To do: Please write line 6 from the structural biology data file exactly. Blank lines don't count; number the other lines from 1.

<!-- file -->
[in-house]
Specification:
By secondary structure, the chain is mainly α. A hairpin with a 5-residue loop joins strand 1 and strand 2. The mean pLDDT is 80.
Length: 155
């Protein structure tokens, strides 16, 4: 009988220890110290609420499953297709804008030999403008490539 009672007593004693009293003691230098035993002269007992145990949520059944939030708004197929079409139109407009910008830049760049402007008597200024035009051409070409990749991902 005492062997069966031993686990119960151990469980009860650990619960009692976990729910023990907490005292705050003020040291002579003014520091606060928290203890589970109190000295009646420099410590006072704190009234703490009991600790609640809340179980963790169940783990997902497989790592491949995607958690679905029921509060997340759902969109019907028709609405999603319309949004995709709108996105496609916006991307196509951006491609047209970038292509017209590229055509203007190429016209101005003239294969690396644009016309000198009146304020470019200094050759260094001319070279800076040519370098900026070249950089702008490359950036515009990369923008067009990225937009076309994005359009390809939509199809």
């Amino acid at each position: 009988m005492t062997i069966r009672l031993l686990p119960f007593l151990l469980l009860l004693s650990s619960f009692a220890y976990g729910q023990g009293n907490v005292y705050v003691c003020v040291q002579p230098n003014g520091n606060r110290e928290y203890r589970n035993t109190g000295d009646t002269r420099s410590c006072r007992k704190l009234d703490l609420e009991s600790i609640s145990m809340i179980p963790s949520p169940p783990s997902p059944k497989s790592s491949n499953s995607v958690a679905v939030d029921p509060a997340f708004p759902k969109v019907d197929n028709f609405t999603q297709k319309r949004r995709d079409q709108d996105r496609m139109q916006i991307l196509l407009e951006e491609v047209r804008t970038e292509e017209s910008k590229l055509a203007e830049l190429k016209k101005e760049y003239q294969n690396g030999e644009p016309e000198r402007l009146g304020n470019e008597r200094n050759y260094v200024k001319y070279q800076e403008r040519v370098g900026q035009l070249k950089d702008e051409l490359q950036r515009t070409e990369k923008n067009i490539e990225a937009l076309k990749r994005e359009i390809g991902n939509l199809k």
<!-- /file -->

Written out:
């Amino acid at each position: 009988m005492t062997i069966r009672l031993l686990p119960f007593l151990l469980l009860l004693s650990s619960f009692a220890y976990g729910q023990g009293n907490v005292y705050v003691c003020v040291q002579p230098n003014g520091n606060r110290e928290y203890r589970n035993t109190g000295d009646t002269r420099s410590c006072r007992k704190l009234d703490l609420e009991s600790i609640s145990m809340i179980p963790s949520p169940p783990s997902p059944k497989s790592s491949n499953s995607v958690a679905v939030d029921p509060a997340f708004p759902k969109v019907d197929n028709f609405t999603q297709k319309r949004r995709d079409q709108d996105r496609m139109q916006i991307l196509l407009e951006e491609v047209r804008t970038e292509e017209s910008k590229l055509a203007e830049l190429k016209k101005e760049y003239q294969n690396g030999e644009p016309e000198r402007l009146g304020n470019e008597r200094n050759y260094v200024k001319y070279q800076e403008r040519v370098g900026q035009l070249k950089d702008e051409l490359q950036r515009t070409e990369k923008n067009i490539e990225a937009l076309k990749r994005e359009i390809g991902n939509l199809k």